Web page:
Apple Manager Charged in $1 Million Kickback Scheme Due in Court

Apple claims it has zero tolerance for dishonest practices, as an Apple global supply manager is due in court for an alleged kickback scheme involving six of the company's Asian component suppliers.

An Apple manager is due in federal court Aug. 16, after his arrest last week for allegedly accepting $1 million in kickbacks from some of the company's Asian suppliers.

Paul Shin Devine, a global supply manager for Apple, was arrested Aug. 13 and charged with more than 23 counts related to the alleged kickback scheme, including wire fraud and money laundering. A Singapore-based employee of an Apple supplier, Andrew Ang, was also named in the federal grand jury indictment.

"Apple is committed to the highest ethical standards in the way we do business," a company spokesperson wrote in a widely circulated statement. "We have zero tolerance for dishonest behavior inside or outside the company." Both Apple and federal investigators suggest the kickbacks continued for at least three years.

Devine offered six unnamed Asian suppliers confidential information on Apple's purchasing plans for product components, in exchange for a variety of bribes and kickbacks filtered through a network of U.S. and offshore bank accounts, according to the indictment. Those suppliers then used that information as leverage in negotiations with Apple.

According to a San Jose Mercury News article updated Aug. 15, the FBI and IRS collaborated on the investigation; Devine is currently in the custody of the U.S. Marshals Service, while Ang's location is unknown.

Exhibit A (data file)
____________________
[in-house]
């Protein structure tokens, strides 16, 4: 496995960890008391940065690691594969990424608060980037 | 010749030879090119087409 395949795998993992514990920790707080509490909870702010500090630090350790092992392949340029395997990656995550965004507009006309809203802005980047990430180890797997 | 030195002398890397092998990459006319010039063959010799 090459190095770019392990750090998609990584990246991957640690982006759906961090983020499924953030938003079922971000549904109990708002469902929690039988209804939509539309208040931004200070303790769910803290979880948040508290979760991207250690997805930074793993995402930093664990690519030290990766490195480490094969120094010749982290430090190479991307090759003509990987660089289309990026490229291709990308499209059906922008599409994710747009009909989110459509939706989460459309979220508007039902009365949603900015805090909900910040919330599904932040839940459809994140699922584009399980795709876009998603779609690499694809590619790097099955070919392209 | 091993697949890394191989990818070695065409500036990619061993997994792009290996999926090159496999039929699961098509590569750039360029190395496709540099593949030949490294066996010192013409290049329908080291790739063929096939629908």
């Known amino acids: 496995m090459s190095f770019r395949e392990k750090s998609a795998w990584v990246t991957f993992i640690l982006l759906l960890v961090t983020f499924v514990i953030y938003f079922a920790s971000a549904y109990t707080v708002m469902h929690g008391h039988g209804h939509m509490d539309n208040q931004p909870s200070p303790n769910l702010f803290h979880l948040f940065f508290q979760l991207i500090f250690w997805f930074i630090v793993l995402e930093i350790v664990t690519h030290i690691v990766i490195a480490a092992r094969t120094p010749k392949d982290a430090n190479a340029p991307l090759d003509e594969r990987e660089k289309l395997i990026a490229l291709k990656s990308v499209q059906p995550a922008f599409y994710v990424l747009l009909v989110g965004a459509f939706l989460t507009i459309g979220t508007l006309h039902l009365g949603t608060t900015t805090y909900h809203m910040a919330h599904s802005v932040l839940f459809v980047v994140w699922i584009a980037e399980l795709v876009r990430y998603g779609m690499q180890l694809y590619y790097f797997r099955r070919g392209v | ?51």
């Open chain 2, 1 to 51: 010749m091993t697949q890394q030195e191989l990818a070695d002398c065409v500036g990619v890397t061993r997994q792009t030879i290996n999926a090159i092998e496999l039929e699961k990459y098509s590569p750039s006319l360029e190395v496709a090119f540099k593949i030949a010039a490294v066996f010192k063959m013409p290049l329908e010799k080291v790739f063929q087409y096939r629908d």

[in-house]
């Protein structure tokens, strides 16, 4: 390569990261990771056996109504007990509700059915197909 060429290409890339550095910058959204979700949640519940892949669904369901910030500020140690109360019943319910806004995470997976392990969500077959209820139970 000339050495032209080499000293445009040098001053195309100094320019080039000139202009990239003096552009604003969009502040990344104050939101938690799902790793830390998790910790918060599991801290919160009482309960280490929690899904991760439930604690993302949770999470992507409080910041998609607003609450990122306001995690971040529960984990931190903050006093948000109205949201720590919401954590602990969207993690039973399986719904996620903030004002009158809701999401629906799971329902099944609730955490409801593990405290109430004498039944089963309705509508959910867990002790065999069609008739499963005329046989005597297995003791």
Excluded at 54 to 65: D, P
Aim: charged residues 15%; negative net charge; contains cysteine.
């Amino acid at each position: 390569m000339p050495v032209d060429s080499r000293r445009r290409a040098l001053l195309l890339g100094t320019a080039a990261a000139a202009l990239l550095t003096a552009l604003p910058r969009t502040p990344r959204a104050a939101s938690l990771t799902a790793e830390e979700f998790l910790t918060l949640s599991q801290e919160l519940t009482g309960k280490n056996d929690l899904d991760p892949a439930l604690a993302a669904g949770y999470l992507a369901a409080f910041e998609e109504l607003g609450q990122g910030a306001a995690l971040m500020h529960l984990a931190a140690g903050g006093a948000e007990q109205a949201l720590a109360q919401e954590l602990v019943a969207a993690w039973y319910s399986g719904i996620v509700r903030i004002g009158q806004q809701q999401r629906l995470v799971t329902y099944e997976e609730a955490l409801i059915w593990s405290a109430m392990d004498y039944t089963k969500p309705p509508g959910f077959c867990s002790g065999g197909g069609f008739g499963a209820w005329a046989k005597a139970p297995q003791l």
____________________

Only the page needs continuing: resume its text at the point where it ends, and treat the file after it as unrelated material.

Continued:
Apple's recent sales success makes it a golden goose for components suppliers. The company sold 3.27 million iPads in the third fiscal quarter of 2010, along with 3.47 million Macs, 8.4 million iPhones and 9.41 million iPods. That contributed mightily to Apple's total revenues of $15.7 billion and net quarterly profit of $3.25 billion.

"The key to continuing success will be how quickly Apple responds to issues as they arise and whether the company can align suppliers to meet demand needs," Rhonda Alexander, director of monitor research for analysis firm iSuppli, wrote in a July 20 research note. "Apple's acceleration of its component demand indicates that the company has raised its iPad production target for 2010."

That level of demand has also pressured certain suppliers' production channels. According to LG Display CEO Kwon Young-soo, for example, the sales craze for the iPad has strained the company's inventory.

"Demand keeps growing and we can't meet it all. Apple may have to delay launches of the iPad for some countries due to tight component supplies and strong demand," Kwon Young-soo told reporters from Reuters and other media outlets July 22. "We are considering increasing production lines for iPad products but overall supply is likely to remain tight until early next year."

The iPad and other devices could lead Apple to spend $16.2 billion on OEM semiconductors in 2011, according to recent estimates by iSuppli, enough to place it second behind Hewlett-Packard.

The Devine case is being heard in U.S. District Court, Northern District of California (San Jose).